My first encounter with Magic Touch was “less than pleasant.”
After encountering numerous bugs on version 1.0 (most which crashed the app), I contacted the developers at iMapl to see if I could demo test of their updated version (Magic Touch 1.1), which will be available on the app store (pending Apple’s approval).
While I did expect the iMapl to (at the minimum) fix the numerous bugs plaguing the app, I did not expect it to surpass most of the photo apps on Apple’s app store (especially against their main rivals, one which will be highlighted in this review).
Magic Touch (The Good)
Aside from being a lot more stable than the previous version, the first thing I really enjoyed about Magic Touch 1.1 was the ability to touch up portions of an image, instead of just the entire picture.
For example, while their are many iPhone photo editing apps that can turn any color photo into a black and white image, Magic Touch allows you to specify certain regions, allowing you to emphasize objects, animals or people (which is great for blogging).
You can also clone stamp areas as well, giving yourself a “alternative 4th dimension” look (note: yes, that is my early morning/tired look, minus the glasses).
Other features include the ability to smudge (or blur) sections, an item I find to be very useful when taking pictures of friends (as many people DO NOT want their faces shown online–and governments frown on kids under 13 being displayed without parental permission).
Even though Magic Touch is a bit more complex compared to other photo editing apps, they do provide a brief explanation about what each editing does tool does within the menus (making it a bit more user friendly).
Magic Touch (The Bad)
While I did enjoy the new version of Magic Touch, I did encounter a few anoyances.
The first was after deciding upon which photo you wanted to use, after selecting an editing tool your image would sometimes “gray out” (or what I like to call the “gray screen of remorse”).
While reloading the screen brings back your beloved photo, there is no way to continue editing (a possible bug?), forcing you to restart again.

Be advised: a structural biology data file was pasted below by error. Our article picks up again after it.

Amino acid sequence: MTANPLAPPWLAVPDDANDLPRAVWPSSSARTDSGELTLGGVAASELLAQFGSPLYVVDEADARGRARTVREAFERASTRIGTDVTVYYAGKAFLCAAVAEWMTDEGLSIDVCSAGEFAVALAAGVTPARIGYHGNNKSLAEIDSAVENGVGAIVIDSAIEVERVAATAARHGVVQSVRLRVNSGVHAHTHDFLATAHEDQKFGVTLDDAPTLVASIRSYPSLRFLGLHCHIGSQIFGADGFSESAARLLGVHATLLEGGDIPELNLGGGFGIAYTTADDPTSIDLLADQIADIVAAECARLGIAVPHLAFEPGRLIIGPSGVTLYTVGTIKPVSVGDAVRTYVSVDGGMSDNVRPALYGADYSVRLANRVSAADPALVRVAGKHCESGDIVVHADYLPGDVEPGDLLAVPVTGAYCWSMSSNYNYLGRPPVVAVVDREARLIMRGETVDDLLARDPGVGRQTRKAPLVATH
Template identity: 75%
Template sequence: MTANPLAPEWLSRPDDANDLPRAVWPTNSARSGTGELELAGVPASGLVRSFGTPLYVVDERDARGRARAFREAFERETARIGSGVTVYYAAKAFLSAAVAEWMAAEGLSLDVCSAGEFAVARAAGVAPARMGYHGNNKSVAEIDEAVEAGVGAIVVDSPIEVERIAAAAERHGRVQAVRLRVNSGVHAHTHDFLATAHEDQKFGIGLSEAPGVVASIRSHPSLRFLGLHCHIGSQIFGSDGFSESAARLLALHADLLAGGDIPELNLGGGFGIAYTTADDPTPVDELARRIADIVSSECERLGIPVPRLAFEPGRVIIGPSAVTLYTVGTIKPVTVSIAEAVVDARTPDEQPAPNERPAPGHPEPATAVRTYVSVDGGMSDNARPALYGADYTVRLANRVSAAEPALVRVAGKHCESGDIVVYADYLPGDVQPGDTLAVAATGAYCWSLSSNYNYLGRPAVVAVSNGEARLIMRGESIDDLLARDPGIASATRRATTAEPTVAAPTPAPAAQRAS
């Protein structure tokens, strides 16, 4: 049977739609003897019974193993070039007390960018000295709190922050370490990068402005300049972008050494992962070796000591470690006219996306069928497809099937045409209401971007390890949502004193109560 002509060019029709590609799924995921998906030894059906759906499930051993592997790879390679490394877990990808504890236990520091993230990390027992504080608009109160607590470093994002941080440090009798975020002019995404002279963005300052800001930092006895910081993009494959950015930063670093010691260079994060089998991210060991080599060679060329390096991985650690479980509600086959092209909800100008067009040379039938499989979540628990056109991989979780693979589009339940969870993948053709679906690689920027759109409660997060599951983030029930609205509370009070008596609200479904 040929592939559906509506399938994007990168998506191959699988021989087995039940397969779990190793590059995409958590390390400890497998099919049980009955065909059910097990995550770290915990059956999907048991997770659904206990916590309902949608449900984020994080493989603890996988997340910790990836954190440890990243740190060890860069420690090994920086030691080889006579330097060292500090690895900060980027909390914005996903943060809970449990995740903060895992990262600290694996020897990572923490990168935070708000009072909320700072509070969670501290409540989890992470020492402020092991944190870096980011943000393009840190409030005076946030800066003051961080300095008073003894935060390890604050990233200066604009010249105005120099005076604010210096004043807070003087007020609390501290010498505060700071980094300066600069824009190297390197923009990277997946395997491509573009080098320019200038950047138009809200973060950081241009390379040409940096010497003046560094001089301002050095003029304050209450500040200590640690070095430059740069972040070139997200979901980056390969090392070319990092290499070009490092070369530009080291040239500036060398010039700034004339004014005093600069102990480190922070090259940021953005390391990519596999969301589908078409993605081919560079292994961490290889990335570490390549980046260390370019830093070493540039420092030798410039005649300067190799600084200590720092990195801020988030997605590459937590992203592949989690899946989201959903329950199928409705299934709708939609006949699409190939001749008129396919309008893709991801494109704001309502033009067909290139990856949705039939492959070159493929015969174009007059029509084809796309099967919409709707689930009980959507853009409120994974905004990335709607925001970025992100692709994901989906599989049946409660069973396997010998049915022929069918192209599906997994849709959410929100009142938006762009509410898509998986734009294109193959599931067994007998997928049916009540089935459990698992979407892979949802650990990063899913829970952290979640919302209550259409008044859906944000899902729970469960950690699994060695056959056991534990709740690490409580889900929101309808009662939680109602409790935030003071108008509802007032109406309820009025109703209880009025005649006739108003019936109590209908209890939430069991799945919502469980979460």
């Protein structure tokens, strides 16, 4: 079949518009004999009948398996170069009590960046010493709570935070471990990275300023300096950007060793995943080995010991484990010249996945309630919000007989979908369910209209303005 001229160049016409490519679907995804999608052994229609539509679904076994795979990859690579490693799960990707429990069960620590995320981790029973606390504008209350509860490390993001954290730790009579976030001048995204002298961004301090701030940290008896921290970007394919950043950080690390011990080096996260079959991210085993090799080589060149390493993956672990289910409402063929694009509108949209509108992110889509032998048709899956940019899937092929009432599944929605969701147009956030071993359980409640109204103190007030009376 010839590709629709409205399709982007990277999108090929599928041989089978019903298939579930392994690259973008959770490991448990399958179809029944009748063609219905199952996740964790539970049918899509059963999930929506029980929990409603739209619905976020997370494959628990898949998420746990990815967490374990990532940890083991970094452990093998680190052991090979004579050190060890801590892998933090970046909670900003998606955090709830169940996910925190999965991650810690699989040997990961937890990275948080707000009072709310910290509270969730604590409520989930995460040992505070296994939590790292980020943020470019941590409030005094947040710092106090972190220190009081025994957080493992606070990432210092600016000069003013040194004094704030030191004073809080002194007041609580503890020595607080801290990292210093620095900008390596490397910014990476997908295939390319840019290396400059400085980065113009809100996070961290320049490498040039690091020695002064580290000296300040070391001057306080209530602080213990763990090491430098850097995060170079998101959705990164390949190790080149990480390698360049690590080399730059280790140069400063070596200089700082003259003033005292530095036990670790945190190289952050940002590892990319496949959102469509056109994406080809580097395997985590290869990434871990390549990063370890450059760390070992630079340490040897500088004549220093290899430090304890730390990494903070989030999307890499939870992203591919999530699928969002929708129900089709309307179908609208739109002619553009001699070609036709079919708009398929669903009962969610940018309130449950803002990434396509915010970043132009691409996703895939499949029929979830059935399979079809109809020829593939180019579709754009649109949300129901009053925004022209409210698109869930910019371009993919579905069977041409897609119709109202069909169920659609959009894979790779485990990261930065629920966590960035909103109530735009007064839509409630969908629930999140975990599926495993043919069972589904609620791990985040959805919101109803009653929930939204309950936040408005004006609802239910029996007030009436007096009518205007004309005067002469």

Another irritation was the inability to edit in landscape mode, despite the fact that you can view your image in that setting (other apps either disable landscape mode, or allow you to edit with landscape on).
Last but not least, if a user is switching between too many editing tools too quickly, Magic Touch tends to crash on you.
Magic Touch does have a few rivals, the biggest one being Photogene, an iPhone App created by Omer Shoor.
While Photogene lacks the ability to edit specific regions of an image, it does boast a few features that Magic Touch lacks, like the ability to crop and easily add filters to an image not to mention the ability to insert text as well.
You can also add shapes to images too, either in the form of comic bubbles, hearts, arrows, and squares (and insert text upon them too).
The best part is that all these features can be done in either portrait landscape mode, although Photogene does lack the ability to take a picture within the app (a common feature among photo editing apps).
Magic Touch is perhaps one of the three apps I would recommend users purchasing for about $5 (the other two apps being Photogene for $5 and Face Melter which is on sale right now for $1).
Hopefully we will see the new Magic Touch unveiled at the Apple appstore soon, as it’s a cheaper alternative than Photoshop (which can cost up to $1,000).